A real-time approach to data lineage Written by Ross Turk on August 5, 2021

A data ecosystem that spans multiple pipelines, teams, and platforms can be overwhelming. Each dataset and job exists in a unique operational context, with interdependencies that may seem simple…until they multiply. Every tiny piece has something in common, though: when it breaks, it becomes the most important thing to everyone you know.

Lineage metadata is the thread that connects it all together. By capturing the relationships between datasets – and how those relationships change over time – you can begin to see the chaos of your data ecosystem as a woven fabric: still intricate and delicate, but in a familiar and recognizable shape. However, there is more than one way to capture lineage metadata.

How lineage metadata has traditionally been captured

For most of us, lineage metadata is collected when we need it most: during an active investigation. Maybe a job has failed and we are looking for the cause…which we determine, after looking at source code and SQL queries, is another failed job. When we look into that job, it failed because of yet another failed job. And it’s turtles all the way down: you will be following the trail as far as it goes, and you don’t know how far that is. You don’t even really know how long it’s been broken. This is clearly not ideal, but we’ve all done it.

Fortunately, there are tools that can help. Some of them look through your source code, parsing SQL queries to determine which data sources and tables they SELECT from and INSERT into. For the purposes of this discussion, let’s call these tools static code analysis systems. Of course, anyone who has spent any time with SQL knows there’s more than one way to put data into a table. Static code analysis tools have developed sophisticated methods to deal with all of the corner cases – but it’s still easy to miss something.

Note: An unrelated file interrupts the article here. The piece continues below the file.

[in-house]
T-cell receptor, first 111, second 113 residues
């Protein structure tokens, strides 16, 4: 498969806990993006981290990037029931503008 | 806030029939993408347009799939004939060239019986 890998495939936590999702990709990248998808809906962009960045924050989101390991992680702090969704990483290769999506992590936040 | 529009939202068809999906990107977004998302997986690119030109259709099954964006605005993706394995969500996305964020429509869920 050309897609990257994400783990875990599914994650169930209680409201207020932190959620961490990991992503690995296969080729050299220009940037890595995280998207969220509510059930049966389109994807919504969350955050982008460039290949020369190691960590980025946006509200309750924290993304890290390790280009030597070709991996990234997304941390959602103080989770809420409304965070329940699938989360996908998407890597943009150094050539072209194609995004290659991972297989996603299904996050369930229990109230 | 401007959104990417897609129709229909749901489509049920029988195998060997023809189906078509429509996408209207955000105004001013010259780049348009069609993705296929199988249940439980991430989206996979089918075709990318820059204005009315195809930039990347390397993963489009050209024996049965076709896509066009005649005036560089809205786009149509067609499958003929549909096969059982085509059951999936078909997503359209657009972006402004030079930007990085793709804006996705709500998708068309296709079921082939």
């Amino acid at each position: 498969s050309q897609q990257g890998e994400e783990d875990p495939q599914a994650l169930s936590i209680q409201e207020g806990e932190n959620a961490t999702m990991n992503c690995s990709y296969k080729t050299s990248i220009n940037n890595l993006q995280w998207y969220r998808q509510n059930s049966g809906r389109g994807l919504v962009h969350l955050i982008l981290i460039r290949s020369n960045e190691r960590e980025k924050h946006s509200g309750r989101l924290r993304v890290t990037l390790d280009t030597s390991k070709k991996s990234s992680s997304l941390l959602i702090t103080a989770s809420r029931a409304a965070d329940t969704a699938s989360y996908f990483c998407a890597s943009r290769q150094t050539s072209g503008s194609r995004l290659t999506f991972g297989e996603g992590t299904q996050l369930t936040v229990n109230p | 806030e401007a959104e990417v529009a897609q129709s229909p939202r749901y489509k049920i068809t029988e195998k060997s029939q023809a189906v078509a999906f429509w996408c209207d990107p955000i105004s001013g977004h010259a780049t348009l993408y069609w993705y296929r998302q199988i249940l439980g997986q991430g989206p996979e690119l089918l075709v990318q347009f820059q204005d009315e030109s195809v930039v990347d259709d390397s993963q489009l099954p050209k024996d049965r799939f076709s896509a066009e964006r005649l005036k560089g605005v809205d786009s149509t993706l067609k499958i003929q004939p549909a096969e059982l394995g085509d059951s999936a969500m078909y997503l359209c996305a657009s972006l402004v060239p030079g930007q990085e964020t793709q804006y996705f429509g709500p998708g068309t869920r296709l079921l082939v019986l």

There is another class of tools that study query logs, looking for the same lineage information. By studying queries that have been executed, they create a rough mapping of input/output datasets. Let’s call them query log analysis systems. They search the road already traveled to find challenges already experienced. Like archeologists, these tools study history and infer elements of a story based on what they find. It isn’t an incorrect story, but it’s rarely complete.

It is possible to collect lineage metadata in real-time

You don’t need to imagine what happened, or piece it together…you can know it. It’s just a matter of being in the right place at the right time, observing the data as it moves, and collecting everything in a lineage repository.

Lineage repositories are a neat bit of tech, with all sorts of interesting problems to solve, but being in the right place at the right time is the hard part. There are a ton of different frameworks that schedule jobs, tabulate totals, process streams, and train ML models – and some parts of your pipeline might even be custom-built. However, the introduction of an open standard for lineage metadata collection (OpenLineage) with connectors for the major frameworks makes this a whole lot easier.

Once you make the shift to real-time, data lineage grows beyond its governance and compliance roots and becomes an indispensable operational tool. When a job fails, it’s important to know exactly what it affected without any guesswork. Real-time data lineage systems that implement OpenLineage, like Datakin and Marquez, push lineage metadata as jobs run, keeping a historical record.

Why you should collect real-time lineage

Better accuracy: Static code analysis systems rely on queries being “fairly normal”. If the query is overly complex, dynamically generated, or contains tokenized input/output tables, static code analysis systems might not understand what they’re looking at. Query log analysis systems generate metadata that is partial at best. They learn what they know from parsing logs that were designed to be read by humans, not machines. Important metadata is lost, making these a poor source for automated analysis. Real-time lineage systems like Datakin and Marquez employ a more reliable method: direct observation.

Greater coverage: Static code and query log analysis systems both rely on their understanding of SQL queries, which are commonplace for relational databases. But what if your data isn’t in a relational database? What about streaming or non-SQL batch workloads? Real-time lineage systems built around open, extensible standards like OpenLineage can work in heterogeneous pipelines…even ones we haven’t imagined yet.

Fresher operational data: Static code analysis systems don’t have operational context for the queries they find. They don’t know when queries ran, or if they ran at all. Similarly, log analysis systems know about queries, but don’t have context on jobs themselves. They may see a similar query every hour, but won’t know whether it was created by the same job. Real-time lineage systems immediately become aware of job changes and can analyze their impact.

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